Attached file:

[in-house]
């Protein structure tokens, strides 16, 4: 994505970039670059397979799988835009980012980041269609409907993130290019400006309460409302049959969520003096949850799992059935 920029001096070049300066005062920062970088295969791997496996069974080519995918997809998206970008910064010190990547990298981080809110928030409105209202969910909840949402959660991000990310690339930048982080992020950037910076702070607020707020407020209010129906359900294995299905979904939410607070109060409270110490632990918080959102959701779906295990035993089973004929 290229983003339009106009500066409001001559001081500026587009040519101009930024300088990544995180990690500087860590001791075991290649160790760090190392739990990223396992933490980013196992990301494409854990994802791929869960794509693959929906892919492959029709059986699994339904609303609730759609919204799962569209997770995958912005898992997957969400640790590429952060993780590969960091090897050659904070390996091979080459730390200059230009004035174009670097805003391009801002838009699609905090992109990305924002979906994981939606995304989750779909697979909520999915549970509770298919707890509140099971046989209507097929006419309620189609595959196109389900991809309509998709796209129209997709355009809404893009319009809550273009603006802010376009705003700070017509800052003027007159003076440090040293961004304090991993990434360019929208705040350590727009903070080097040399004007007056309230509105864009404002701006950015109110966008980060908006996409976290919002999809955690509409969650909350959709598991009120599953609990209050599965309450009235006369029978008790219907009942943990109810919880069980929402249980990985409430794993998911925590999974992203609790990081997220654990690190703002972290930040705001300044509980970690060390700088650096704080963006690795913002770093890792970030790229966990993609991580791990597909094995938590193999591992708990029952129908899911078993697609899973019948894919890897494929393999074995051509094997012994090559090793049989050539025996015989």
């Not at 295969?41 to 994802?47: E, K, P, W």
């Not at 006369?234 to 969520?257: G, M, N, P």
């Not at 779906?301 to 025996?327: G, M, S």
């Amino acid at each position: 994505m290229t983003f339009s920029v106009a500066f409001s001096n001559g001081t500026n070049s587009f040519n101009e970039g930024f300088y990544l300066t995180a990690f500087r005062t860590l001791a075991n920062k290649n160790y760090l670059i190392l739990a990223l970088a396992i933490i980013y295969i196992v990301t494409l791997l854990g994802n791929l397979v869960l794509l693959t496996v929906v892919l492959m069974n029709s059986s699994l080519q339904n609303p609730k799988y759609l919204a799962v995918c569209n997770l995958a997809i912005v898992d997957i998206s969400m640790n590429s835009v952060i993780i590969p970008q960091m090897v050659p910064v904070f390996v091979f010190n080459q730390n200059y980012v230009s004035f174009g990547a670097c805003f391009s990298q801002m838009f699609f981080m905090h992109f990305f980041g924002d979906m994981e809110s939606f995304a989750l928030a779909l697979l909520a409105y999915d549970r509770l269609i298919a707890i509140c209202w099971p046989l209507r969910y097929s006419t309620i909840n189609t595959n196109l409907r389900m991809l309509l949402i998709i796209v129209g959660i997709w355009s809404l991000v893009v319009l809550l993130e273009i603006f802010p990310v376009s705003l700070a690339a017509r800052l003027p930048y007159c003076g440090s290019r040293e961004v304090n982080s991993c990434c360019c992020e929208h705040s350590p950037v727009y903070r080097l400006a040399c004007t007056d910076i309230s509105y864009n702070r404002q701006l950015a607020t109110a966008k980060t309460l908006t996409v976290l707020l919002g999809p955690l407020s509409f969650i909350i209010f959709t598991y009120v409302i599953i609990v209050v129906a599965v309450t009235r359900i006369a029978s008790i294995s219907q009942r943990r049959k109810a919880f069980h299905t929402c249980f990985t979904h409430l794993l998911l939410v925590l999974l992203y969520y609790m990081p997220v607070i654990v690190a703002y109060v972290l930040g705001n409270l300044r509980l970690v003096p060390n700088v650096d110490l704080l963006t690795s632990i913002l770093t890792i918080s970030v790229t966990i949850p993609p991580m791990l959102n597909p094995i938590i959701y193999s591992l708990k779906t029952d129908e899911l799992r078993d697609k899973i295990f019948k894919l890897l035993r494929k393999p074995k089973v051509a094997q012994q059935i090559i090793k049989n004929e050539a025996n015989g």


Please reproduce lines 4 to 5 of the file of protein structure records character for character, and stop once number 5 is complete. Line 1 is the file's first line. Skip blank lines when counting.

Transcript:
């Not at 006369?234 to 969520?257: G, M, N, P």
């Not at 779906?301 to 025996?327: G, M, S």